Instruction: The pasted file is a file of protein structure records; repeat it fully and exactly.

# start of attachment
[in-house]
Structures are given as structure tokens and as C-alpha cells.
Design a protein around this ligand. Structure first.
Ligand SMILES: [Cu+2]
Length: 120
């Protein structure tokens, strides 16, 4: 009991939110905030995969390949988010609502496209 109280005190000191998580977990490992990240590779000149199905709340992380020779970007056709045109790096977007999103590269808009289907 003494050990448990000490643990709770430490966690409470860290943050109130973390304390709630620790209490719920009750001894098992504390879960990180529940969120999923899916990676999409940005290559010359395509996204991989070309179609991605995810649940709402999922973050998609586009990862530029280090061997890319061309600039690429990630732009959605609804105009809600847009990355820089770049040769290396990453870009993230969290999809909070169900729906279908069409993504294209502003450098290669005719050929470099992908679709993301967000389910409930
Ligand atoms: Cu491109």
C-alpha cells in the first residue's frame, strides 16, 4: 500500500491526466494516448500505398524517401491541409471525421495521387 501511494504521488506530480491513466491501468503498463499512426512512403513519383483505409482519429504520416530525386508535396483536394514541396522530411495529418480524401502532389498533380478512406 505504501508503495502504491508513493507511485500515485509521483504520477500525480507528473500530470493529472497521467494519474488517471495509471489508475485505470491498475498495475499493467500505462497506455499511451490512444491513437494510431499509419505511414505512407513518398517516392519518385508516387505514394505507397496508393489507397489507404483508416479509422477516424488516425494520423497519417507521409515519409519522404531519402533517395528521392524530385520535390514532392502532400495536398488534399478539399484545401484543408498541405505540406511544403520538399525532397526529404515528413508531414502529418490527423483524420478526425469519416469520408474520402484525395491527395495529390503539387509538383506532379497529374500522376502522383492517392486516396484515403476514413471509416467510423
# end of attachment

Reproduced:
[in-house]
Structures are given as structure tokens and as C-alpha cells.
Design a protein around this ligand. Structure first.
Ligand SMILES: [Cu+2]
Length: 120
């Protein structure tokens, strides 16, 4: 009991939110905030995969390949988010609502496209 109280005190000191998580977990490992990240590779000149199905709340992380020779970007056709045109790096977007999103590269808009289907 003494050990448990000490643990709770430490966690409470860290943050109130973390304390709630620790209490719920009750001894098992504390879960990180529940969120999923899916990676999409940005290559010359395509996204991989070309179609991605995810649940709402999922973050998609586009990862530029280090061997890319061309600039690429990630732009959605609804105009809600847009990355820089770049040769290396990453870009993230969290999809909070169900729906279908069409993504294209502003450098290669005719050929470099992908679709993301967000389910409930
Ligand atoms: Cu491109």
C-alpha cells in the first residue's frame, strides 16, 4: 500500500491526466494516448500505398524517401491541409471525421495521387 501511494504521488506530480491513466491501468503498463499512426512512403513519383483505409482519429504520416530525386508535396483536394514541396522530411495529418480524401502532389498533380478512406 505504501508503495502504491508513493507511485500515485509521483504520477500525480507528473500530470493529472497521467494519474488517471495509471489508475485505470491498475498495475499493467500505462497506455499511451490512444491513437494510431499509419505511414505512407513518398517516392519518385508516387505514394505507397496508393489507397489507404483508416479509422477516424488516425494520423497519417507521409515519409519522404531519402533517395528521392524530385520535390514532392502532400495536398488534399478539399484545401484543408498541405505540406511544403520538399525532397526529404515528413508531414502529418490527423483524420478526425469519416469520408474520402484525395491527395495529390503539387509538383506532379497529374500522376502522383492517392486516396484515403476514413471509416467510423